Today's Wall Street Journal (requires paid subscription) includes a profile of Susan Estes, a rising star in the male-dominated world of bond-trading. She has an interesting approach to dealing with sexist behavior in the workplace. She writes down the comments –say crude remarks about a blond weather forecaster– and reads them back later. Sounds useful in dealing with stupid remarks in general.
Many people complain that you can't trust what's on the internet because anyone can post. As this article points out, the internet can potentially be the most reliable news source. And links are a key tool. Other coverage of an event can be linked and source material can be directly referenced. After all, a link is just a footnote (that academic uber-proof) that takes you directly to the source instead of making you look it up.
The FBI recently 'encouraged' an ISP to pull the domain CrowdedTheater.com that showed a fairly realistic work by video artist Mike Z that portrayed a military briefing on a secret army plan to incite riots in Times Square at the roll-over into the next millenium. If's a frightening thought that the FBI didn’t bother to even get a court order. But, the video is mirrored at moxy.wtower.com. Coverage: Village Voice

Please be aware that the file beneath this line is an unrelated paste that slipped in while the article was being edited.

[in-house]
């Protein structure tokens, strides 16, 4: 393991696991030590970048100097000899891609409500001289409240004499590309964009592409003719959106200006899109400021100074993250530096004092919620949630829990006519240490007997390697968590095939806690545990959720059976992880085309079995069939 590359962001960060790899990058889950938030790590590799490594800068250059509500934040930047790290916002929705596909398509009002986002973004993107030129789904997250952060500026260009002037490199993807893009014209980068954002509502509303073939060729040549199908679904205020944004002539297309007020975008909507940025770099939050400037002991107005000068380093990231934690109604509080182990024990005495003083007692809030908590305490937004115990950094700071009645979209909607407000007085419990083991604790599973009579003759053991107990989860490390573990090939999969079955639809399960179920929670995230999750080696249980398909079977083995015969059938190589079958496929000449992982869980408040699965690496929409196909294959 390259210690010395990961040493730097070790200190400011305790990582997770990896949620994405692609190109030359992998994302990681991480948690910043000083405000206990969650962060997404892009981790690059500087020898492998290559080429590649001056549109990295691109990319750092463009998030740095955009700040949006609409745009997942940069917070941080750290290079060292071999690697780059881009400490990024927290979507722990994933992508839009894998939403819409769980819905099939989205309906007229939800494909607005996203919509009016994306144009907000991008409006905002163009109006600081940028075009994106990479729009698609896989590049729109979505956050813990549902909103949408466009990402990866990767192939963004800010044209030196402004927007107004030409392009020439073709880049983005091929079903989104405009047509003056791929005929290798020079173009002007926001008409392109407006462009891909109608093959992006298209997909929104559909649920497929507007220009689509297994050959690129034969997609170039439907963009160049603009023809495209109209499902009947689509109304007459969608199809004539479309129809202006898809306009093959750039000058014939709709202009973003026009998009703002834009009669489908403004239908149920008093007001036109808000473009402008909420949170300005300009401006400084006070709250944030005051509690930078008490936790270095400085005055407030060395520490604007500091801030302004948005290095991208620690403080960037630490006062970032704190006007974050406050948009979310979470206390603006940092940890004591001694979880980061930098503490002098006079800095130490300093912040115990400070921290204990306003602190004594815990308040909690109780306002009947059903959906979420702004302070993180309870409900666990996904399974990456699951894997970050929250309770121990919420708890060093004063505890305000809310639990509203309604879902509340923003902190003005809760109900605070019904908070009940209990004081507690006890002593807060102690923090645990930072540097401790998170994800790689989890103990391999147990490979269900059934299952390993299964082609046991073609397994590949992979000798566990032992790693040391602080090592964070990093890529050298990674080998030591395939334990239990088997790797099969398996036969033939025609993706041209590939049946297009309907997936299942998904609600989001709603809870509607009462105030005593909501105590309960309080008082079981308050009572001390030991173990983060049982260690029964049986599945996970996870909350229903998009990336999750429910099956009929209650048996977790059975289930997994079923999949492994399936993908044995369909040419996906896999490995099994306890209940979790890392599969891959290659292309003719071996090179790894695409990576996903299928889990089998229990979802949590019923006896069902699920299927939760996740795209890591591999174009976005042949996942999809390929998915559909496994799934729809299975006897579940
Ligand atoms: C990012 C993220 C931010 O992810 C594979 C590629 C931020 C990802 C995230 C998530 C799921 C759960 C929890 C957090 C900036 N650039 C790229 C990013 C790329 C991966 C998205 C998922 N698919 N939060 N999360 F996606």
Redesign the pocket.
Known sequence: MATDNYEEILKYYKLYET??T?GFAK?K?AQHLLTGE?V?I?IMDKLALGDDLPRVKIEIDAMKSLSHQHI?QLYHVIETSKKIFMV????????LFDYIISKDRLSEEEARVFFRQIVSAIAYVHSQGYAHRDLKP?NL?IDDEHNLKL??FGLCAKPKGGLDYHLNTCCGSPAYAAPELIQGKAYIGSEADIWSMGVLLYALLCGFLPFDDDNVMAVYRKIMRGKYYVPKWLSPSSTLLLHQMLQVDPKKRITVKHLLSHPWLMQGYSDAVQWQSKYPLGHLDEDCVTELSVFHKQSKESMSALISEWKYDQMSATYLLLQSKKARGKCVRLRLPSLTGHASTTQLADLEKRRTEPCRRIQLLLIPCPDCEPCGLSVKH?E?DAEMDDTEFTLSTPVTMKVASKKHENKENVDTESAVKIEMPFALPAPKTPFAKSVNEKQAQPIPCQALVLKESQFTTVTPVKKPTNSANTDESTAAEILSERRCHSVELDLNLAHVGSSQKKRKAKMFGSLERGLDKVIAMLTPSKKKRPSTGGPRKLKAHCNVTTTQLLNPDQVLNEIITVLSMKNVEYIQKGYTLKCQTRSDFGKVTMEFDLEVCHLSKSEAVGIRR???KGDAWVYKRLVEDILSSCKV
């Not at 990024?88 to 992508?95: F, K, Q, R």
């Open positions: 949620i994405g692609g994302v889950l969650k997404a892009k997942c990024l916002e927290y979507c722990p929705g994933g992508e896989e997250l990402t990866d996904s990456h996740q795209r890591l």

If you think hacking means breaking into computers and defacing websites, check out this article. Hackers, hacking and hack definately mean something different. Unfortunately, much of the mainstream media doesn’t understand technlogy and has even less understanding of how to cover it. There are exceptions. The News and Observer (N.C.) recently did a nice piece on the difference between a nerd and geek. Not a big deal, except that it shows the type of background research that’s so often missing in coverage of technology.
Updates We’ve posted the page that will be visible in place of this website on World Aids Day if you’d like another model.